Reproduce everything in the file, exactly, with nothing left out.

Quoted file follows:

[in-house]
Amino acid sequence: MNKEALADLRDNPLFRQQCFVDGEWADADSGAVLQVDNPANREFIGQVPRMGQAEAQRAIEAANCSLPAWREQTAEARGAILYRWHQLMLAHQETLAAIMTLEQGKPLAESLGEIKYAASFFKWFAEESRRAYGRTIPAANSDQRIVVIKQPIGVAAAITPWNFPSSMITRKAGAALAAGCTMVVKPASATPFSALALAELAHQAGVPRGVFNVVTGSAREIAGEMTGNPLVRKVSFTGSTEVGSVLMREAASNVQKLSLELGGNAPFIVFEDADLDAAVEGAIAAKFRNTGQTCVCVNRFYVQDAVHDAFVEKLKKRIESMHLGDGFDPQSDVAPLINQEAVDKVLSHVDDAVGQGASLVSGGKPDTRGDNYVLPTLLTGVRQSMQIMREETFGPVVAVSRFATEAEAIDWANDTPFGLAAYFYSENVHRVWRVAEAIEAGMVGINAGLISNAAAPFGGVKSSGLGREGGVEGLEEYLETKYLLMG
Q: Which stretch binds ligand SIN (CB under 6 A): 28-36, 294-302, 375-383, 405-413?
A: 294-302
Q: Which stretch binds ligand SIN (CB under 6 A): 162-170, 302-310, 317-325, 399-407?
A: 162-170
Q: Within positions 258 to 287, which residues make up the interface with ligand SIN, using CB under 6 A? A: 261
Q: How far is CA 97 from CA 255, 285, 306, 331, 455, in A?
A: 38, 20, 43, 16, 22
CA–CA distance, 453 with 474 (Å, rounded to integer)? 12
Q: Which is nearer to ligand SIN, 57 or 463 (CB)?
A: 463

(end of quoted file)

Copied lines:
[in-house]
Amino acid sequence: MNKEALADLRDNPLFRQQCFVDGEWADADSGAVLQVDNPANREFIGQVPRMGQAEAQRAIEAANCSLPAWREQTAEARGAILYRWHQLMLAHQETLAAIMTLEQGKPLAESLGEIKYAASFFKWFAEESRRAYGRTIPAANSDQRIVVIKQPIGVAAAITPWNFPSSMITRKAGAALAAGCTMVVKPASATPFSALALAELAHQAGVPRGVFNVVTGSAREIAGEMTGNPLVRKVSFTGSTEVGSVLMREAASNVQKLSLELGGNAPFIVFEDADLDAAVEGAIAAKFRNTGQTCVCVNRFYVQDAVHDAFVEKLKKRIESMHLGDGFDPQSDVAPLINQEAVDKVLSHVDDAVGQGASLVSGGKPDTRGDNYVLPTLLTGVRQSMQIMREETFGPVVAVSRFATEAEAIDWANDTPFGLAAYFYSENVHRVWRVAEAIEAGMVGINAGLISNAAAPFGGVKSSGLGREGGVEGLEEYLETKYLLMG
Q: Which stretch binds ligand SIN (CB under 6 A): 28-36, 294-302, 375-383, 405-413?
A: 294-302
Q: Which stretch binds ligand SIN (CB under 6 A): 162-170, 302-310, 317-325, 399-407?
A: 162-170
Q: Within positions 258 to 287, which residues make up the interface with ligand SIN, using CB under 6 A? A: 261
Q: How far is CA 97 from CA 255, 285, 306, 331, 455, in A?
A: 38, 20, 43, 16, 22
CA–CA distance, 453 with 474 (Å, rounded to integer)? 12
Q: Which is nearer to ligand SIN, 57 or 463 (CB)?
A: 463